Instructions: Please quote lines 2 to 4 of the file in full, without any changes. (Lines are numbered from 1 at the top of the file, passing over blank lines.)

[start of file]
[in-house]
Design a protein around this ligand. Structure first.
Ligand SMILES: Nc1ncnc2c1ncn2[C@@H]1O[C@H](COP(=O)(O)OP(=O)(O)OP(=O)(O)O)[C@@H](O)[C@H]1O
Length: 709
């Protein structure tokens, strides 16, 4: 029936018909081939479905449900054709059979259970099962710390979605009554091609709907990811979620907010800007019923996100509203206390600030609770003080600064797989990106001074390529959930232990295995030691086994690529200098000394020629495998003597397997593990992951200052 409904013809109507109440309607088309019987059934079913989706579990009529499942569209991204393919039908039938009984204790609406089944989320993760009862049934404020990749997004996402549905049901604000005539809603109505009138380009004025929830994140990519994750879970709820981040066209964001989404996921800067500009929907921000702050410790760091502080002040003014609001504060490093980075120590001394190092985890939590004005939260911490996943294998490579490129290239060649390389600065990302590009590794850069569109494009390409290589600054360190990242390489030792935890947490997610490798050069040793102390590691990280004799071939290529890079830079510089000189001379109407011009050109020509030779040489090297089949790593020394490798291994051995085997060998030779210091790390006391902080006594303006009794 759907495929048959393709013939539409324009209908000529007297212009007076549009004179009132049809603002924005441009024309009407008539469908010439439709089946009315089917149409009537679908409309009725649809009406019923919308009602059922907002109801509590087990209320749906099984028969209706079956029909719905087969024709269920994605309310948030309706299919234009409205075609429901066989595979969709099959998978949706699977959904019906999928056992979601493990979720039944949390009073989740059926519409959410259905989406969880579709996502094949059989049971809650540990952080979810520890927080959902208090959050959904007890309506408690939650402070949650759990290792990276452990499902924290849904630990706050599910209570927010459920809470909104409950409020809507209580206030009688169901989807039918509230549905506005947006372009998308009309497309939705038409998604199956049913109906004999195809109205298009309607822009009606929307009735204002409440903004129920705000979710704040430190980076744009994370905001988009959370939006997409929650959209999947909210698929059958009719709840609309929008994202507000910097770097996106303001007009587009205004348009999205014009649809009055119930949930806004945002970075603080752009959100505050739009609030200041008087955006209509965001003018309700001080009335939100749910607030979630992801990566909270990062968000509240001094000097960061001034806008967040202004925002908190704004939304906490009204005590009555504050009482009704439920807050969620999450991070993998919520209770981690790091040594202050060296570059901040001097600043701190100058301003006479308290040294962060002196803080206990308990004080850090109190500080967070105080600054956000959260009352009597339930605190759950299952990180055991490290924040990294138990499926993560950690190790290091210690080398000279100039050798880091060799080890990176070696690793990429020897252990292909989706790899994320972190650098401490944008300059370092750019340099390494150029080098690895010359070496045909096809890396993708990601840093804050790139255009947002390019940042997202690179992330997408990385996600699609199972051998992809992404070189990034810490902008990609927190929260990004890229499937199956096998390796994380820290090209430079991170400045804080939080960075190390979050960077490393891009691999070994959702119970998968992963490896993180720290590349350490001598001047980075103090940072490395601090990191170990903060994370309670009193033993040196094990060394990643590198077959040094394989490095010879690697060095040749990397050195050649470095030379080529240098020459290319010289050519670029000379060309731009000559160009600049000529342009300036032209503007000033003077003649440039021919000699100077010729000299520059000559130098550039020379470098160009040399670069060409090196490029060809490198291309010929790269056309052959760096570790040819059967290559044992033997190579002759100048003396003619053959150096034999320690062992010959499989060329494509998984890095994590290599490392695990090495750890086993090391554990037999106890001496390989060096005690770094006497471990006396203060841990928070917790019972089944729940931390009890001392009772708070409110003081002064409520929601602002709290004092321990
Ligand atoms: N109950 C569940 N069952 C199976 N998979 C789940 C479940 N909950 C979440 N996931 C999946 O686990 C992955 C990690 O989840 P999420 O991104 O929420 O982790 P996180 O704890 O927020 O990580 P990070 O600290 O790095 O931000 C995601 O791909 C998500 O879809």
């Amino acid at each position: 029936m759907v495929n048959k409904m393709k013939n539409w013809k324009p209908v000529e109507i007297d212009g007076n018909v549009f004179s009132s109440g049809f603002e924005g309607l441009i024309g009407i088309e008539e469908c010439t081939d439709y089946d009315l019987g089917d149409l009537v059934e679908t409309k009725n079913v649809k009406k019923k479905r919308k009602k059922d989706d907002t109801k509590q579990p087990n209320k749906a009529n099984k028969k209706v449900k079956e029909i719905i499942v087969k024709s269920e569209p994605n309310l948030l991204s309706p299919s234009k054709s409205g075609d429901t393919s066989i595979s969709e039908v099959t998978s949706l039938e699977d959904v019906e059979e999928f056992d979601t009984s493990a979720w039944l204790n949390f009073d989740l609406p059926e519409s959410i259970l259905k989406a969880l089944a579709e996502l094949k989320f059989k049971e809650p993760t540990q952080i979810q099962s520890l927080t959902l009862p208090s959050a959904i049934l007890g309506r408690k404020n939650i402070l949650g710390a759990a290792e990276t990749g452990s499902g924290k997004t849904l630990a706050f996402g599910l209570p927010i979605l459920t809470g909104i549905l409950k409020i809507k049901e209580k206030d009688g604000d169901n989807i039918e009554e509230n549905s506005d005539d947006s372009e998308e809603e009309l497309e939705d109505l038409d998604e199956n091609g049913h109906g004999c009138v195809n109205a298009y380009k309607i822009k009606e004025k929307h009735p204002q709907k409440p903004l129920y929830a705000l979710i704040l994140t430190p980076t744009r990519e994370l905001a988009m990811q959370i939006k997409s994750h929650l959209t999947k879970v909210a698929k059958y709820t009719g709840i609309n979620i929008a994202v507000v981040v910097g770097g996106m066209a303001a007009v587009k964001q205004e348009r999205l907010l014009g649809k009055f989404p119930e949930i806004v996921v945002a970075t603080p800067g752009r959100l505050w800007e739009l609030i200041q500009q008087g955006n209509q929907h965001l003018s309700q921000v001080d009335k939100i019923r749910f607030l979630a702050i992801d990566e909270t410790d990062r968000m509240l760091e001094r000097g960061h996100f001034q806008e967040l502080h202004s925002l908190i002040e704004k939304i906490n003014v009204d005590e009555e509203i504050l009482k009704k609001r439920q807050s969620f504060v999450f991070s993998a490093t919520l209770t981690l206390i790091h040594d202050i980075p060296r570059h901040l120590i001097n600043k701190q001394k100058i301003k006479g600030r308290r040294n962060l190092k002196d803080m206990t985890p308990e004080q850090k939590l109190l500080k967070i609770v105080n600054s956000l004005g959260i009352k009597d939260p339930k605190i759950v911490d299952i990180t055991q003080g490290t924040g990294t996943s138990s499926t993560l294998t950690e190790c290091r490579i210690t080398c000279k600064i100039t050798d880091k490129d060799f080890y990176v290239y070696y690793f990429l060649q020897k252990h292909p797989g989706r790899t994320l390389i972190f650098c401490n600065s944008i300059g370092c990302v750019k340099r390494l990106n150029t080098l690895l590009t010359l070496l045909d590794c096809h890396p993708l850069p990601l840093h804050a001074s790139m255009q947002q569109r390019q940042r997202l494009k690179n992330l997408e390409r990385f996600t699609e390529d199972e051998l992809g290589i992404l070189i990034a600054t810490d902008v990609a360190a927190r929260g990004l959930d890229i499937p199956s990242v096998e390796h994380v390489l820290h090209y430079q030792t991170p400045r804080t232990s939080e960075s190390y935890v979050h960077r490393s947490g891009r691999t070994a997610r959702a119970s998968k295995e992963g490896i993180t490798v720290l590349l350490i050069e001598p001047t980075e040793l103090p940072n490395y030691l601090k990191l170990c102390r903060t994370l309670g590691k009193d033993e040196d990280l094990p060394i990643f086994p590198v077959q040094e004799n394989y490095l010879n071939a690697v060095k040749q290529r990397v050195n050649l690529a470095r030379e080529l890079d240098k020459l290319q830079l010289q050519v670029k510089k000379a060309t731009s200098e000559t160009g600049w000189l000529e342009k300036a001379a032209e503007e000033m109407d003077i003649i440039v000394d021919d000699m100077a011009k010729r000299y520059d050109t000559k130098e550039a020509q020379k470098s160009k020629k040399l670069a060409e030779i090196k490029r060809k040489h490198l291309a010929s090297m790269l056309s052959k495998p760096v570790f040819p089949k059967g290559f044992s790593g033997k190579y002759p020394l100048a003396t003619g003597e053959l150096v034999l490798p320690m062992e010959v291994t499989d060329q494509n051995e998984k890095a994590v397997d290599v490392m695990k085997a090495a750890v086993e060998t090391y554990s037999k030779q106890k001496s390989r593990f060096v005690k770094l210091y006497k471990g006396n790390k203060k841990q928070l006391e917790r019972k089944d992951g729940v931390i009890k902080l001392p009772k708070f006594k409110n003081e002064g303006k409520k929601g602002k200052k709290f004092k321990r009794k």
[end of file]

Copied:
Design a protein around this ligand. Structure first.
Ligand SMILES: Nc1ncnc2c1ncn2[C@@H]1O[C@H](COP(=O)(O)OP(=O)(O)OP(=O)(O)O)[C@@H](O)[C@H]1O
Length: 709